Jonsson and Ricker Win Gold Whistler Pipe

Ricker takes second win in two days

Whistler, B.C. (CAN). At the second Halfpipe event of the NOKIA Snowboard FIS World Cup 1999/2000 today the Halfpipe riders were reminded of last year’s contest at the same place at the same time and… with the same weather conditions.

Marcus Jonsson from Sweden and Canada’s Maelle Ricker took the gold in a competition that was far from being considered convenient.

It looked like the day would never end at today’s Halfpipe competition in Whistler. Heavy snowfalls and strong winds had already caused delays during the qualification in the morning but when the clouds broke up and even the sun came out on Blackcomb mountain around noon, the final seemed to happen differently. In fact it did but not in the expected way: it even became worse, especially for the women. Maelle Ricker from Canada was the one to finally handle it in the best way and (after yesterday’s Snowboard Cross gold) got her second win in just two days under her belt. “This was definitely a challenge,” she said. “We had better visibilities in the previous days, but you take what you can get… Everybody is out there in the same conditions, but it was tough. You’re losing speed with all that fresh snow in the bottom of the halfpipe, very soft, it was so hard to keep your rhythm in there.” With Kim Dunn another Canadian made it to second place, her first-ever podium so far. “I think it was just a question of luck today not falling over with all that snow on the bottom and the bad visibility,” Dunn said. “I was happy to land a backside 540 which I think gave me the extra points I needed.” US rider Kim Stacey finished third.Sabine Wehr-Hasler from Germany took the lead in the World Cup standings by finishing fifth today. Tricia Byrnes who ended up 12th place today is in second overall ahead of Kim Stacey.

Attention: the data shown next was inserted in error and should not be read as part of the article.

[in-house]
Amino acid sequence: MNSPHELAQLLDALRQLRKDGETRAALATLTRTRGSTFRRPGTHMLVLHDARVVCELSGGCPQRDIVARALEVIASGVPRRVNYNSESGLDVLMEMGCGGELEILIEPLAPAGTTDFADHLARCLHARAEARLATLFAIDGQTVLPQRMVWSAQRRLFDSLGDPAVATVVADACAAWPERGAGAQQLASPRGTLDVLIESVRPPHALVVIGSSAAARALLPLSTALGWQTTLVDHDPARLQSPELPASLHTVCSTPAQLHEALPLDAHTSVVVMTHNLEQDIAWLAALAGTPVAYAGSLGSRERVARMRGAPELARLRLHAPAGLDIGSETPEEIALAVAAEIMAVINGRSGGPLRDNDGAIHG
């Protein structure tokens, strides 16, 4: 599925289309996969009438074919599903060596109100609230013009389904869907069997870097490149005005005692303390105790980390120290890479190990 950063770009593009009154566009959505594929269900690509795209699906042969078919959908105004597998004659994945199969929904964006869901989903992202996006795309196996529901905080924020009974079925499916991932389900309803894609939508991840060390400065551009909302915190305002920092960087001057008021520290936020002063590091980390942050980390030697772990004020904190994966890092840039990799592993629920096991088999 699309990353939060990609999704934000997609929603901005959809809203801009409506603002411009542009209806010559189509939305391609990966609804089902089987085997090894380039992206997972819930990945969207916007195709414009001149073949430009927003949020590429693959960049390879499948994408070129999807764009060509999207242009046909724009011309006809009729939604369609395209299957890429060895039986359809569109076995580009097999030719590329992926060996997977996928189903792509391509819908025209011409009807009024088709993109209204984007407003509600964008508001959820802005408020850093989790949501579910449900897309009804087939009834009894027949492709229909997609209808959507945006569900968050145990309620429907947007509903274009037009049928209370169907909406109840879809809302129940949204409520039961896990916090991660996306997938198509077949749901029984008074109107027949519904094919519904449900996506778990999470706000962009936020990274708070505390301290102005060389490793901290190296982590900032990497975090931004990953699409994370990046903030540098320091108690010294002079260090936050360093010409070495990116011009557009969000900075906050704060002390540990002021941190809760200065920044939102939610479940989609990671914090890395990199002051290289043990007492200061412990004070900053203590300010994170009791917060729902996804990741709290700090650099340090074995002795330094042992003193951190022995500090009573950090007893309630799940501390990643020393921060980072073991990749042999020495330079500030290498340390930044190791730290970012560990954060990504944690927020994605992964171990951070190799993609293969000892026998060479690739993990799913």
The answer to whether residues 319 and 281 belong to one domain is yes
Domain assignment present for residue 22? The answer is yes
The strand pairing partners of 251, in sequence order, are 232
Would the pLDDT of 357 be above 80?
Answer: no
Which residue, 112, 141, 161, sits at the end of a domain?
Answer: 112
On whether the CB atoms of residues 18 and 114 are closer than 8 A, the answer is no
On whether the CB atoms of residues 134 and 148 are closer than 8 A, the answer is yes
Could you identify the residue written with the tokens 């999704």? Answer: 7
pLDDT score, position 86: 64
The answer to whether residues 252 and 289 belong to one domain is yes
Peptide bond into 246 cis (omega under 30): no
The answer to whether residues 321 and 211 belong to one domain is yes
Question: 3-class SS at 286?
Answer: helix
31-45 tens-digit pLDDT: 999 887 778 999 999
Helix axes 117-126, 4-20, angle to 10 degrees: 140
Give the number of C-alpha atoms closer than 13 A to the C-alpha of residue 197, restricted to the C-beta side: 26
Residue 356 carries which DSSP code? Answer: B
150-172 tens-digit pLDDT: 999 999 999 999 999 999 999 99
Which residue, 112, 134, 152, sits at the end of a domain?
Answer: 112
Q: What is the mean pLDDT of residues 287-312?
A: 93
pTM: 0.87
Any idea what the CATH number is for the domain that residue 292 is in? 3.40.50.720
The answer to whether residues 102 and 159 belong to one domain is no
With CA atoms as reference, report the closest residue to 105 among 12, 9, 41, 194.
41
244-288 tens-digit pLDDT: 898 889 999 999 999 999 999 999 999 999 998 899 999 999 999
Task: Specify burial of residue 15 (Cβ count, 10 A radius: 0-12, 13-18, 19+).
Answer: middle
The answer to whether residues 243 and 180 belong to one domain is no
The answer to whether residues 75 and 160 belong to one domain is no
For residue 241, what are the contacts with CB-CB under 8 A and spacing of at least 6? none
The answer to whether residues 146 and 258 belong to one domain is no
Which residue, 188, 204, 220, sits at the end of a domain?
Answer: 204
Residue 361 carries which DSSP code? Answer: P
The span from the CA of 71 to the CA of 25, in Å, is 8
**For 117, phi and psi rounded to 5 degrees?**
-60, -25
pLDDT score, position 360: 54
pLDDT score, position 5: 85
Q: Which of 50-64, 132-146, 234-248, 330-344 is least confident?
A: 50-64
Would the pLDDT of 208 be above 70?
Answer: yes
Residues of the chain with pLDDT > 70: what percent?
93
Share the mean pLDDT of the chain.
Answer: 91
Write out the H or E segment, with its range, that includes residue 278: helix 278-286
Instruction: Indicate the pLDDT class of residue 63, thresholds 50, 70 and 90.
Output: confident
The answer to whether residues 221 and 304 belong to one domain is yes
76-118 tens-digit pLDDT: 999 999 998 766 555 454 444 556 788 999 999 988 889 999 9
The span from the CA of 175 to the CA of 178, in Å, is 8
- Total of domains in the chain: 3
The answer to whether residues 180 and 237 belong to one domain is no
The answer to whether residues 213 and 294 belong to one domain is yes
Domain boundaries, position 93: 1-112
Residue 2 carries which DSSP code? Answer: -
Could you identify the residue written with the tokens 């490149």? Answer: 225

The men also suffered from the conditions but it turned out not to be as bad as for the women. Sweden took both first and second place with Marcus Jonsson and Anders Bjoerck. “It was really difficult,” Jonsson said, “you couldn’t get as much pressure on the edge as you usually do and you had to stay smoother right on top of the snow. The key today was to get less rotations, go for more straight airs, get speed and height.” American Rob Kingwill went into third and keeps the lead in the World Cup standings.